This spring, members of the Talkin’ Broncos, Boise State’s nationally award-winning speech and debate team, piloted a program to bring their oratory skills to an unusual group of students: inmates serving time at the Idaho State Correctional Center (ISCC).
On Tuesday, May 17, the Talkin’ Broncos graduated their first class of incarcerated orators through the Boise State Prison Debate Initiative. Participants celebrated their completion of the program with a British Parliament style debate between ISCC graduates and members of the Talkin’ Broncos.
“Watching the inmates grow and be successful was honestly life changing for me, and I am grateful to have gotten to be a part of the program,” said Mackenzie Moss, vice president of the Talkin’ Broncos. “One inmate expressed to me that he found a new reason to get out of bed in the morning and to live. He said that before it was hard to have much hope even for life post-release, but that after joining the program he felt impassioned to learn and to live up to his potential.”
The Boise State Prison Debate Initiative, which was modeled after other university programs across the nation, was brainstormed and implemented by Boise State alumna and guest communications lecturer Lauren Bramwell, with the cooperation of the Idaho Department of Corrections.
“We understand the benefits of educational programming in correctional facilities,” Bramwell said. “Higher education programs have been found to improve the social climate of prison populations, and we know that academic and vocational training are some of the strongest variables in decreasing post-release recidivism rates, which is why we wanted to implement this program.”
The program also gives Talkin’ Bronco competitors an opportunity to teach speech and debate skills to ISCC students. This allows them to practice, apply and further test their knowledge of forensics, while developing their own leadership style. A dozen-plus participants in the 14-week program developed important skills in interviewing, public presentation, research, writing and advocacy. ISCC participants debated topics ranging from the refugee crisis to the adoption of a domestic carbon tax.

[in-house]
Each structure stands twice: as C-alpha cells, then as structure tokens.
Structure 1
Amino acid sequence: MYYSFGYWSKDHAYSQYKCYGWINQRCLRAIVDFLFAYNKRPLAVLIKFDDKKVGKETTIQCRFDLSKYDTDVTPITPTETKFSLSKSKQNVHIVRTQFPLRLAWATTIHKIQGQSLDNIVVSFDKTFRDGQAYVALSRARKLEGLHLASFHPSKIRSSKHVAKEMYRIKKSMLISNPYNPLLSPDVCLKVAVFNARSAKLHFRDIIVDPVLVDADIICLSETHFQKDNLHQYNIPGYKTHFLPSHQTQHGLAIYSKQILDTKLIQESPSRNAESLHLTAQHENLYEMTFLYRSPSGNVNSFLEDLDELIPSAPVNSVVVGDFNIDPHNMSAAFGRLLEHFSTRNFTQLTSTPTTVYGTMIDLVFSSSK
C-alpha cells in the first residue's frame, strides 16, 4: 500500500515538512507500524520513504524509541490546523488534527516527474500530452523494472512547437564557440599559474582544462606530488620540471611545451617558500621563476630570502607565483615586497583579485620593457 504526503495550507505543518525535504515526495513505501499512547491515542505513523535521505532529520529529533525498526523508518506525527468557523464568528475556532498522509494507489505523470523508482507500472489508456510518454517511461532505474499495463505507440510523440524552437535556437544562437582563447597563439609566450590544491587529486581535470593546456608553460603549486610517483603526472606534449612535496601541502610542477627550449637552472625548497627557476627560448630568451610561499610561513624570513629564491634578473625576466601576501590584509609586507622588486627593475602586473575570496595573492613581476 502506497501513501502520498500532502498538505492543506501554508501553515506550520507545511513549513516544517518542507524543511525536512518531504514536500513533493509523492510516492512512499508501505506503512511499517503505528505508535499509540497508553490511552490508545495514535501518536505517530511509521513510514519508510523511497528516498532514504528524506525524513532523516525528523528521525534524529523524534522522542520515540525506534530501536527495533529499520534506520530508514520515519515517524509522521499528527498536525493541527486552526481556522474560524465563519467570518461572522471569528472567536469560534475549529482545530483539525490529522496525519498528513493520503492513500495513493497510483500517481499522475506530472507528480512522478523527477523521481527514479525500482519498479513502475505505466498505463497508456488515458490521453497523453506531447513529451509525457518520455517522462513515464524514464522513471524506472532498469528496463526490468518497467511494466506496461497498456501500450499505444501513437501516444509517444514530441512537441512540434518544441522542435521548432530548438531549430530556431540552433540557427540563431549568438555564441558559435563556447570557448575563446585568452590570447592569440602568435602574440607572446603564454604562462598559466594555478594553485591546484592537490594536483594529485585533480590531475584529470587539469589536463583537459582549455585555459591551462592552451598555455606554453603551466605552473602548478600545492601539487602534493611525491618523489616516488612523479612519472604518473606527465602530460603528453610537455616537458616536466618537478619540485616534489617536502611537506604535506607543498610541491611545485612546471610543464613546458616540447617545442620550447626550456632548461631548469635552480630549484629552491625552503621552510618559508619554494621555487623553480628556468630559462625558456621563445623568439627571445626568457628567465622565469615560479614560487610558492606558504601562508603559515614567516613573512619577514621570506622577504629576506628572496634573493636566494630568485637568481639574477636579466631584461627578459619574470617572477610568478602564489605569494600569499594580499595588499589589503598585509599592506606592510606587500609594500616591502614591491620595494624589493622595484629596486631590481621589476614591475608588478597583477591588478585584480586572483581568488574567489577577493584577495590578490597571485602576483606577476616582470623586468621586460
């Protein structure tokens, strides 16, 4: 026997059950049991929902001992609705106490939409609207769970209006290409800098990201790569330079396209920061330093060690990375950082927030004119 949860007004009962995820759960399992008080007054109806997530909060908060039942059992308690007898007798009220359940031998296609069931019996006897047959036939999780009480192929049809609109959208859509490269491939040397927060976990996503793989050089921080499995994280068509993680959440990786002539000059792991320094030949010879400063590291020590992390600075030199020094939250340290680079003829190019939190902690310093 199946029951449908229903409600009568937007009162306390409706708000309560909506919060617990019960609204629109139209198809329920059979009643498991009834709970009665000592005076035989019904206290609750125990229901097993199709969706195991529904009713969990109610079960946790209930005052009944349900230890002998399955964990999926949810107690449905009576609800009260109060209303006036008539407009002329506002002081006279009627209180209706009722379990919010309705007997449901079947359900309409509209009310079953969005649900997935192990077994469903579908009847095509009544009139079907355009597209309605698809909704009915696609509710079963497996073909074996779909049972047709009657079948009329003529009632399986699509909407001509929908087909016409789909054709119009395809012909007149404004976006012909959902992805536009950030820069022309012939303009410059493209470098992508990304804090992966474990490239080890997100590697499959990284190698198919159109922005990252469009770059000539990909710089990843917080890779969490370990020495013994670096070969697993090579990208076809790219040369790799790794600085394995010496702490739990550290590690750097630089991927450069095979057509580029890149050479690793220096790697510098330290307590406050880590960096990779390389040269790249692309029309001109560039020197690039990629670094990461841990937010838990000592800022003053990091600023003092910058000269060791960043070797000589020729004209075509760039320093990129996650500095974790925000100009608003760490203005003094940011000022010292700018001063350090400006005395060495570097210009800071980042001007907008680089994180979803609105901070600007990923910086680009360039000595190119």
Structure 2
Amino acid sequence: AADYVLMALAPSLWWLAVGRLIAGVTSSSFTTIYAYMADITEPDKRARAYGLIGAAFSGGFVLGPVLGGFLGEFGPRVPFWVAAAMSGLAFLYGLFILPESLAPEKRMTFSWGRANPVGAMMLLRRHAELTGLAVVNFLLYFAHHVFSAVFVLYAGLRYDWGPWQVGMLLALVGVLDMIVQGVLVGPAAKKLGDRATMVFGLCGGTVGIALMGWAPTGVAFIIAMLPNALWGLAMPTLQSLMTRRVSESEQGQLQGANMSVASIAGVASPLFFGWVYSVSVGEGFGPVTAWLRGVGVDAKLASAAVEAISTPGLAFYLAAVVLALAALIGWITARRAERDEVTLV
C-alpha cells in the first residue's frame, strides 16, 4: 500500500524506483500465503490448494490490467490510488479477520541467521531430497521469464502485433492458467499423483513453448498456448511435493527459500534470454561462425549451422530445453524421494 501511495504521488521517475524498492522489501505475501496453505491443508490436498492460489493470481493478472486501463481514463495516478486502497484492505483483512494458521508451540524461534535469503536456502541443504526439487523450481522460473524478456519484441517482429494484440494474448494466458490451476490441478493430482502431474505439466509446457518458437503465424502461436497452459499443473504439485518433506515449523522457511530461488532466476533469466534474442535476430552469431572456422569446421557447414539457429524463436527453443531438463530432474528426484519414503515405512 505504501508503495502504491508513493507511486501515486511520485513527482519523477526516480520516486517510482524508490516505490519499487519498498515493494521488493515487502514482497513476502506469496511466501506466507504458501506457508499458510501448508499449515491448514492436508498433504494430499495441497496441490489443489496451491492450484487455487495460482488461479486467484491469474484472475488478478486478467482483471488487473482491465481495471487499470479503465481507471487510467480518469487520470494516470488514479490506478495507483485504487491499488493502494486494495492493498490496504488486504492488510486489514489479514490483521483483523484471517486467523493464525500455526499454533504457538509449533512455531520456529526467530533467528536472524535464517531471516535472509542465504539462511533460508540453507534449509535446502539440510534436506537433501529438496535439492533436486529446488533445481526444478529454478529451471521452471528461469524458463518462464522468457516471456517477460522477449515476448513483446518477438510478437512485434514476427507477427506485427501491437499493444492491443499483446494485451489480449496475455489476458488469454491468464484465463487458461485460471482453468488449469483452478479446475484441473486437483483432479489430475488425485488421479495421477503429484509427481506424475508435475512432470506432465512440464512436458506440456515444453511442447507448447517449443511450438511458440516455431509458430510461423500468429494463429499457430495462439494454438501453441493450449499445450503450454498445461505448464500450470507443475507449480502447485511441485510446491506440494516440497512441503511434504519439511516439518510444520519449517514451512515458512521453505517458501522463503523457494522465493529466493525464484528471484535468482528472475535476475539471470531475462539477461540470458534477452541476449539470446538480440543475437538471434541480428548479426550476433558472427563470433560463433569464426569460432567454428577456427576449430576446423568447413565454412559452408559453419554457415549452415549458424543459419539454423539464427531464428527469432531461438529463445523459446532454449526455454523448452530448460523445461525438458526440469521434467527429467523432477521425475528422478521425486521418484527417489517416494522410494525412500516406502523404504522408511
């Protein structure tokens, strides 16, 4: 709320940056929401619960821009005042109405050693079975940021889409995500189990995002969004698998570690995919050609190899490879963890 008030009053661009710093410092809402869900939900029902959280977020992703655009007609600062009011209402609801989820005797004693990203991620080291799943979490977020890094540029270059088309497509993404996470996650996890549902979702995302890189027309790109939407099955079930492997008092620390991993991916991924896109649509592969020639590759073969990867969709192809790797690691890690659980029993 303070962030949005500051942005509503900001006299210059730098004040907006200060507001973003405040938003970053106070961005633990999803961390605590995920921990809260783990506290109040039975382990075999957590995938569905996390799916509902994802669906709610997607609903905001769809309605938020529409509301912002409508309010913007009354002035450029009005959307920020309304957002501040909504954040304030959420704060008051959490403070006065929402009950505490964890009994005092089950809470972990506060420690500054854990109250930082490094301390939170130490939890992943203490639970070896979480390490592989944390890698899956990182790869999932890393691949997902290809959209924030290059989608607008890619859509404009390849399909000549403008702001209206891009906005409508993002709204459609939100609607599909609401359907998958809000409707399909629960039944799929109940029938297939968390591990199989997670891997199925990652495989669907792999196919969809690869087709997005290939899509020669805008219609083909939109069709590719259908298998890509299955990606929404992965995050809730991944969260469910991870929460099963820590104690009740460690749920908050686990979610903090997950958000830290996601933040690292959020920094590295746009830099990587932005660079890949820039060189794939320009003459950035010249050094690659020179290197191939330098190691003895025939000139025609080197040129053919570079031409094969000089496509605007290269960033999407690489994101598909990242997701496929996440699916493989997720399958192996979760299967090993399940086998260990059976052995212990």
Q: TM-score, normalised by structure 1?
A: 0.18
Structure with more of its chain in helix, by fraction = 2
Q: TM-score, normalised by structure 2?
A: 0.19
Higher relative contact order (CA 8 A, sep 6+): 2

“I very clearly witnessed the self esteem of multiple inmates rise within the time that myself and my colleagues spent in the prison,” Moss said. “Each inmate in the program saw immense individual growth. This is true for some inmates if only just in terms of an increase in self confidence and a new found ability to speak in front of others, whereas for others that started out a bit more confident there was a tremendous increase in their critical thinking skills and drive to learn. The biggest impact I saw overall was an increase desire for education, and an appreciation for the opportunity to have that education.”
And the program offered a valuable experience to competitors on the Talkin’ Broncos speech and debate team.
“The Talkin’ Broncos were not receiving any sort of additional academic credit for their involvement with the program,” Bramwell said. “Everything was completely volunteer based. Despite busy schedules and tough courses, they dedicated hours of their time to make this program possible – it really speaks to the caliber of students here at the university.”
Bramwell, who is headed to the University of Washington in the fall to pursue a law degree, is pleased with the program’s success.
“I believe the program instills a deep sense of commitment to social responsibility and civic engagement,” she said. “It gives students an opportunity to explore altruistic motivations for community participation, and allows them to witness first hand the power of public service and volunteerism.”
BY: CIENNA MADRID PUBLISHED 1:05 PM / JUNE 2, 2016